476079 Metabolic Modeling for Improved Bioprocess Efficiency

Sunday, November 13, 2016
Continental 4 & 5 (Hilton San Francisco Union Square)
Peter St. John, Biosciences Center, National Renewable Energy Laboratory, Golden, CO

Research Interests:

Microbial fermentation plays a critical role in efforts to enable sustainable manufacturing of commodity chemicals, and the economic feasibility of the integrated biorefinery concept hinges sharply on the productivity, yield, and titers that can be achieved by metabolic hosts. Flux balance modeling has emerged as a fundamental tool in pushing biological transformations towards profitability, as it enables model-based design of gene knockout and overexpression efforts. My interests center on the unbiased search of intervention strategies for models of central carbon metabolism, together with the consideration of the dynamic systems which govern metabolic flows within the network.

Postdoctoral Projects: Metabolic modeling of industrially relevant organisms for improved yield and productivity

Under supervision of Yannick Bomble and Gregg Beckham, Biosciences Center, National Renewable Energy Laboratory, Golden CO

PhD Dissertation: ÒMathematical Approaches to Understanding Mammalian Circadian RhythmsÓ

Under supervision of Francis J. Doyle III, Department of Chemical Engineering, University of California, Santa Barbara.

Future Direction:

As a faculty I would like to work towards standardizing and accelerating model-based design of metabolic interventions, particularly in non-model organisms. Industrial bioprocesses predominantly leverage specialized organisms to achieve the desired operating conditions, and while these microbial platforms offer unique advantages over traditional hosts, their relative obscurity slows the design/build/test cycle for determining optimum metabolic manipulations. To speed this process I aim to develop standardized workflows and new computational techniques that exploit the overlap in metabolic functionality between classes of microbes. By extracting general trends in gene regulation and enzyme kinetics and combining this knowledge with organism-specific results, searches for the optimum overexpression or gene knockout could explicitly consider the underlying uncertainty in the gene regulatory network.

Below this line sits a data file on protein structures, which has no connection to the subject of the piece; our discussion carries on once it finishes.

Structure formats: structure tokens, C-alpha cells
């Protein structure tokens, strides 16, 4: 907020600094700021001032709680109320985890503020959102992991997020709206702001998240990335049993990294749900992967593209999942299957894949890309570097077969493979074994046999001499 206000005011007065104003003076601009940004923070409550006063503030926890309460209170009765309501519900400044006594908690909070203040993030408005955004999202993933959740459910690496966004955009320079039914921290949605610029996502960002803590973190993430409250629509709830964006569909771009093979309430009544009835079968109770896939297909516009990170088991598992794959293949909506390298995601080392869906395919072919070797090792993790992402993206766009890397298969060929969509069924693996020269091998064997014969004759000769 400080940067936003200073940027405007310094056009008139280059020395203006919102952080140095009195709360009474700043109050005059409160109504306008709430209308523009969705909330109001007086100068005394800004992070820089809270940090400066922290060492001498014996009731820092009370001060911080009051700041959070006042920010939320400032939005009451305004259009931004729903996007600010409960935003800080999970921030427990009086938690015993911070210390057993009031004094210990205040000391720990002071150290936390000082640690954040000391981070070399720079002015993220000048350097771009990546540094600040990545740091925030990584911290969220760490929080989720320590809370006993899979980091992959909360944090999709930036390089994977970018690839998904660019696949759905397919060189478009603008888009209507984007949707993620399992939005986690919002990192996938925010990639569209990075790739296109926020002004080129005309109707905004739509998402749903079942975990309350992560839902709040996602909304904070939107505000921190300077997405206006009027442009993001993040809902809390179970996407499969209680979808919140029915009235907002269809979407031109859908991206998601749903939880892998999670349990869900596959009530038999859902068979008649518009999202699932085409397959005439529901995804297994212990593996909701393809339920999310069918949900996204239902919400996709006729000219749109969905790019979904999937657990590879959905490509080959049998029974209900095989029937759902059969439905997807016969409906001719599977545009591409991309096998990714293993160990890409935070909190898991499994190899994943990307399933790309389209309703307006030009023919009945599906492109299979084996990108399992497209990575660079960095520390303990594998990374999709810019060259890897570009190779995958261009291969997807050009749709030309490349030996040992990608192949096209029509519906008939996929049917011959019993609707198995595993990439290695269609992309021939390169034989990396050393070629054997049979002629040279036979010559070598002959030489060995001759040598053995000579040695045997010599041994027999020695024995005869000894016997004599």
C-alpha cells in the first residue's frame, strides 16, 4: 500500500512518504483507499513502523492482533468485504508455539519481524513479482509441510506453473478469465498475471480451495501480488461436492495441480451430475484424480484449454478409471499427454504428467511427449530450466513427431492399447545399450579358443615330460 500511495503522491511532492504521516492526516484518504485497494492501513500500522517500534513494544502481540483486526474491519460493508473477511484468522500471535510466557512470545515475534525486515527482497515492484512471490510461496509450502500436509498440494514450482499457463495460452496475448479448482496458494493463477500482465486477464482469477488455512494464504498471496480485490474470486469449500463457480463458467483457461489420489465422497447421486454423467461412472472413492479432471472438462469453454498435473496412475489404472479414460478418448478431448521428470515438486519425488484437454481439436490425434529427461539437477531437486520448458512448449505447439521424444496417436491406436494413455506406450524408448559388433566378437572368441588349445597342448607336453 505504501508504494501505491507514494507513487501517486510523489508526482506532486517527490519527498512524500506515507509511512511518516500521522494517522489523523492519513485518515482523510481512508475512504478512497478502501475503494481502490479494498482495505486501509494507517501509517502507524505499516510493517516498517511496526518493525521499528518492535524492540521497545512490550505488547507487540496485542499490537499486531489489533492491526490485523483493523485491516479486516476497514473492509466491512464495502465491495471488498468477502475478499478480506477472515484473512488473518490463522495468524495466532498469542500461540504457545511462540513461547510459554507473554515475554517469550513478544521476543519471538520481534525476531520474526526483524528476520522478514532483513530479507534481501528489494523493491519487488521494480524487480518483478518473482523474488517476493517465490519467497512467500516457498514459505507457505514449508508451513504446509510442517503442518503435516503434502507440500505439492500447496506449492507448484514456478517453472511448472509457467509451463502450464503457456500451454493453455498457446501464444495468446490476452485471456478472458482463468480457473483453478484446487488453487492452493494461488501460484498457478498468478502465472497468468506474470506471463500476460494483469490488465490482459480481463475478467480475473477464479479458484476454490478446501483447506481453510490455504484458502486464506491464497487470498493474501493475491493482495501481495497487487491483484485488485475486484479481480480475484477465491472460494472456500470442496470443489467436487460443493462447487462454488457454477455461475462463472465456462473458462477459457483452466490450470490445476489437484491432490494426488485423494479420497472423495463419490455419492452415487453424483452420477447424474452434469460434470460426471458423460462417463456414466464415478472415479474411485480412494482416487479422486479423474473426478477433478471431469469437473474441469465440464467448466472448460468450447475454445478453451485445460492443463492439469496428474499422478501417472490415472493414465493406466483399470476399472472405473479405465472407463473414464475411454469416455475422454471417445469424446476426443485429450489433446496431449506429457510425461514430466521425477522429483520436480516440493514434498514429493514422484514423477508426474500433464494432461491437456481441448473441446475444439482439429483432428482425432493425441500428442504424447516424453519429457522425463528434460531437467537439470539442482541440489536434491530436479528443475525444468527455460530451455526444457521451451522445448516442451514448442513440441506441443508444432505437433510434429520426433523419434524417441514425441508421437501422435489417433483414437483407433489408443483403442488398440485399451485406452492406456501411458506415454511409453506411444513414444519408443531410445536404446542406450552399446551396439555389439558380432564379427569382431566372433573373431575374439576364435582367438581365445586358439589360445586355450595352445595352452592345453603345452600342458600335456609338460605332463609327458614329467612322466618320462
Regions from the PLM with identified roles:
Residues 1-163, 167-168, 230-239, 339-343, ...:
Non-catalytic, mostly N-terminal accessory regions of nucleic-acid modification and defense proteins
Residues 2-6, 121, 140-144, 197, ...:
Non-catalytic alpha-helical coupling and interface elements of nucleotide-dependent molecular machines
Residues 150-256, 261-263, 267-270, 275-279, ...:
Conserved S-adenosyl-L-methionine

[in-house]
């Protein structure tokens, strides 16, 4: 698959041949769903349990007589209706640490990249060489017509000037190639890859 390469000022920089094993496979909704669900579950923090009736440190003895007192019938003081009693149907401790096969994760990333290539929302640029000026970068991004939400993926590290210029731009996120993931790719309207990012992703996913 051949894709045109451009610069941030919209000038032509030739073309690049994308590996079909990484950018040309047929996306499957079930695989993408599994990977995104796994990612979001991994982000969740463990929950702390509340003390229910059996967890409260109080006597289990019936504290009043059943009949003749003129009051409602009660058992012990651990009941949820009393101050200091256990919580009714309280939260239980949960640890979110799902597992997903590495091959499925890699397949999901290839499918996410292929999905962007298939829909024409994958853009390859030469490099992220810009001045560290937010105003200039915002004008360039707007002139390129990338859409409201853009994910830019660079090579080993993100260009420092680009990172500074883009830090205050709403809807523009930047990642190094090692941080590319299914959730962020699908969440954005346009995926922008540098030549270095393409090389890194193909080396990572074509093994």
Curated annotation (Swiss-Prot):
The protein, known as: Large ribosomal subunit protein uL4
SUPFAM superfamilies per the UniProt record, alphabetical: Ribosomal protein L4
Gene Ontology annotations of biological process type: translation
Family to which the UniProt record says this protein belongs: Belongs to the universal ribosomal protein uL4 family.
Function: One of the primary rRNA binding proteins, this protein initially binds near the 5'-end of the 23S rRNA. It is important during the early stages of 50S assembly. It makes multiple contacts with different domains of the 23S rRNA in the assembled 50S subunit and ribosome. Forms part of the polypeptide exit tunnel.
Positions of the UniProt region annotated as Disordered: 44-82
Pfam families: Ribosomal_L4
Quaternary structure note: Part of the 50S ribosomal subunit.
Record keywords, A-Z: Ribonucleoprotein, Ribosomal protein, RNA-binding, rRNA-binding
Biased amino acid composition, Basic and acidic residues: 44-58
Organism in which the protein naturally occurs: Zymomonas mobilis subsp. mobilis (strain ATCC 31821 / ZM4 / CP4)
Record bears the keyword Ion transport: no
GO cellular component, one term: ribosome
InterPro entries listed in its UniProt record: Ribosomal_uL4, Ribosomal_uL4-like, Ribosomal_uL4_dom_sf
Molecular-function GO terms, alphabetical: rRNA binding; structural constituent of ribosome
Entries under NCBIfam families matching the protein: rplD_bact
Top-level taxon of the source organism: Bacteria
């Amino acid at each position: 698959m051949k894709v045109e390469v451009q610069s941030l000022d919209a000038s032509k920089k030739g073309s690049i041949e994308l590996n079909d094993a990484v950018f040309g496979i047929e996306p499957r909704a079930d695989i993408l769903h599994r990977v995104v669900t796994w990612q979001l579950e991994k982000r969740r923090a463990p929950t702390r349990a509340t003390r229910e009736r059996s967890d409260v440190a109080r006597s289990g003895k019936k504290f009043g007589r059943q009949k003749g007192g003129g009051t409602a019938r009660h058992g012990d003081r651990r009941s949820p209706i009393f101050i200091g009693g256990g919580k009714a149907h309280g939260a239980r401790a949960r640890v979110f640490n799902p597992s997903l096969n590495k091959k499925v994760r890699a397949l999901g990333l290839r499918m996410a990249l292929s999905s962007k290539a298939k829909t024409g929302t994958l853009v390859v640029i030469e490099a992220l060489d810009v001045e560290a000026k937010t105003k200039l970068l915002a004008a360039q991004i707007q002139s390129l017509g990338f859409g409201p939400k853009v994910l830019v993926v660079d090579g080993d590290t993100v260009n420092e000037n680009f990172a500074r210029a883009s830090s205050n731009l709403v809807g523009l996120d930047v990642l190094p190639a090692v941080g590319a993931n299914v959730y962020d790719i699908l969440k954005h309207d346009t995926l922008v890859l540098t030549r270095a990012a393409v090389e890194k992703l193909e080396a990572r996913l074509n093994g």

In addition to metabolic engineering, my interests extend to bio- and cheminformatics, where machine-learning algorithms can be used to extend patterns and trends to new, unmeasured points. I hope to apply these techniques throughout the pipeline from feedstocks to commodity chemicals, as well as in applications in synthetic biology and pharmaceuticals.

Teaching Interests:

My primary teaching interests lie in computational and analytical methods in dynamic systems, statistics, and process control.  As a teaching assistant I have given several guest lectures in introductory statistics, and have instructed undergraduate and graduate students on how to perform computational analyses in numerous programming languages.

Proposal Experience: Mitsubishi Chemical Fellowship
 recipient

NSF GRFP Honorable Mention

Selected Publications: 312 Citations, h-index 4.

Abel, J.H., Meeker, K., Granados-Fuentes, D., St. John, P.C., Wang, T.J., Bales, B.B., Doyle F.J. III, Herzog, E.D., and L.R. Petzold. Functional network inference of the suprachiasmatic nucleus (2016) PNAS, 113 (16) pp. 4512-4517

St. John, P.C. and F.J. Doyle III. Quantifying stochastic noise in cultured circadian reporter cells (2015), PLoS Computational Biology 11(11): e1004451.

St. John, P.C., Taylor, S.R., Abel, J.H., and F.J. Doyle III. Amplitude metrics for cellular circadian bioluminescence reporters (2014) Biophysical Journal, 107 (11) pp. 2712-2722

St. John, P.C., Hirota, T., Kay, S.A. and F.J. Doyle III. Spatiotemporal separation of PER and CRY posttranslational regulation in the mammalian circadian clock (2014) PNAS, 111 (5) pp. 2040-2045.

St. John, P.C. and F.J. Doyle III. Estimating confidence intervals in predicted responses for oscilla- tory biological models (2013) BMC Systems Biology 7:71.

Hirota, T., Lee, J.W., St. John, P.C., Sawa, M., Iwaisako, K., Noguchi, T., Pongsawakul, P.Y., Son- ntag, T., Welsh, D.K., Brenner, D.A., Doyle, F.J. III, Schultz, P.G., Kay, S.A., Identification of small molecule activators of cryptochrome (2012) Science, 337 (6098) pp. 1094-1097.


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